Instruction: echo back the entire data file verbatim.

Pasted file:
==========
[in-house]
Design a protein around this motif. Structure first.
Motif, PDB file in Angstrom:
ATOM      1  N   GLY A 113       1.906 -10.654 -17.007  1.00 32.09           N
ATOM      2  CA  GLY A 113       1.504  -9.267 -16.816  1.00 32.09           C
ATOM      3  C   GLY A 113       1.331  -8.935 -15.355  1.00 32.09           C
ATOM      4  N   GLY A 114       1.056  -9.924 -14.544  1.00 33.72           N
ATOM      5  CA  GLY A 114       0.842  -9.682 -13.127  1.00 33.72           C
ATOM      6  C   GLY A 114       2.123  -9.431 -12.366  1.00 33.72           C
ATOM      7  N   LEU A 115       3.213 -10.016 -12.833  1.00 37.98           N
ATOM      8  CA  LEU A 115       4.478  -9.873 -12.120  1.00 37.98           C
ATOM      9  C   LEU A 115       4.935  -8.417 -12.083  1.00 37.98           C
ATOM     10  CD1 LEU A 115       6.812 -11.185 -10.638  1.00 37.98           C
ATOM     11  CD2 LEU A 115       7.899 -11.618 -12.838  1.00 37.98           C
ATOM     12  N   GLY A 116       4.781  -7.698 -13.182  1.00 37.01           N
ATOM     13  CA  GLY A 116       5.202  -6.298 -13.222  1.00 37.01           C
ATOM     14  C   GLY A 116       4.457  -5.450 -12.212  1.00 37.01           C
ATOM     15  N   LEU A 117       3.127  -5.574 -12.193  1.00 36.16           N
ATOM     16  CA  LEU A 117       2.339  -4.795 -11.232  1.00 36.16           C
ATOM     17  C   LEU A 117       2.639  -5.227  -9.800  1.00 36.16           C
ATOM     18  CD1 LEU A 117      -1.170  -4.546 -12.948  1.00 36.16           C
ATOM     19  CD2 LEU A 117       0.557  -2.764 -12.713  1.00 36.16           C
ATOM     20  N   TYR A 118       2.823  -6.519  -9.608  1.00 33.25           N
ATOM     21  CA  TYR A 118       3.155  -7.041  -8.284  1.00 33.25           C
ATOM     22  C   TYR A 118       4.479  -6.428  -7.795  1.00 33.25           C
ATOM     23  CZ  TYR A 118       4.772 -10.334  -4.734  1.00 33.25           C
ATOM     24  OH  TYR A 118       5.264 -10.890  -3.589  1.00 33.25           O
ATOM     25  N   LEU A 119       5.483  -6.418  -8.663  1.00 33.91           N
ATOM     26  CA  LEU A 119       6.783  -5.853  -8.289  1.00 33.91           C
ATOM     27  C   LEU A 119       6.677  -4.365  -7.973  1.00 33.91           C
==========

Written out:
[in-house]
Design a protein around this motif. Structure first.
Motif, PDB file in Angstrom:
ATOM      1  N   GLY A 113       1.906 -10.654 -17.007  1.00 32.09           N
ATOM      2  CA  GLY A 113       1.504  -9.267 -16.816  1.00 32.09           C
ATOM      3  C   GLY A 113       1.331  -8.935 -15.355  1.00 32.09           C
ATOM      4  N   GLY A 114       1.056  -9.924 -14.544  1.00 33.72           N
ATOM      5  CA  GLY A 114       0.842  -9.682 -13.127  1.00 33.72           C
ATOM      6  C   GLY A 114       2.123  -9.431 -12.366  1.00 33.72           C
ATOM      7  N   LEU A 115       3.213 -10.016 -12.833  1.00 37.98           N
ATOM      8  CA  LEU A 115       4.478  -9.873 -12.120  1.00 37.98           C
ATOM      9  C   LEU A 115       4.935  -8.417 -12.083  1.00 37.98           C
ATOM     10  CD1 LEU A 115       6.812 -11.185 -10.638  1.00 37.98           C
ATOM     11  CD2 LEU A 115       7.899 -11.618 -12.838  1.00 37.98           C
ATOM     12  N   GLY A 116       4.781  -7.698 -13.182  1.00 37.01           N
ATOM     13  CA  GLY A 116       5.202  -6.298 -13.222  1.00 37.01           C
ATOM     14  C   GLY A 116       4.457  -5.450 -12.212  1.00 37.01           C
ATOM     15  N   LEU A 117       3.127  -5.574 -12.193  1.00 36.16           N
ATOM     16  CA  LEU A 117       2.339  -4.795 -11.232  1.00 36.16           C
ATOM     17  C   LEU A 117       2.639  -5.227  -9.800  1.00 36.16           C
ATOM     18  CD1 LEU A 117      -1.170  -4.546 -12.948  1.00 36.16           C
ATOM     19  CD2 LEU A 117       0.557  -2.764 -12.713  1.00 36.16           C
ATOM     20  N   TYR A 118       2.823  -6.519  -9.608  1.00 33.25           N
ATOM     21  CA  TYR A 118       3.155  -7.041  -8.284  1.00 33.25           C
ATOM     22  C   TYR A 118       4.479  -6.428  -7.795  1.00 33.25           C
ATOM     23  CZ  TYR A 118       4.772 -10.334  -4.734  1.00 33.25           C
ATOM     24  OH  TYR A 118       5.264 -10.890  -3.589  1.00 33.25           O
ATOM     25  N   LEU A 119       5.483  -6.418  -8.663  1.00 33.91           N
ATOM     26  CA  LEU A 119       6.783  -5.853  -8.289  1.00 33.91           C
ATOM     27  C   LEU A 119       6.677  -4.365  -7.973  1.00 33.91           C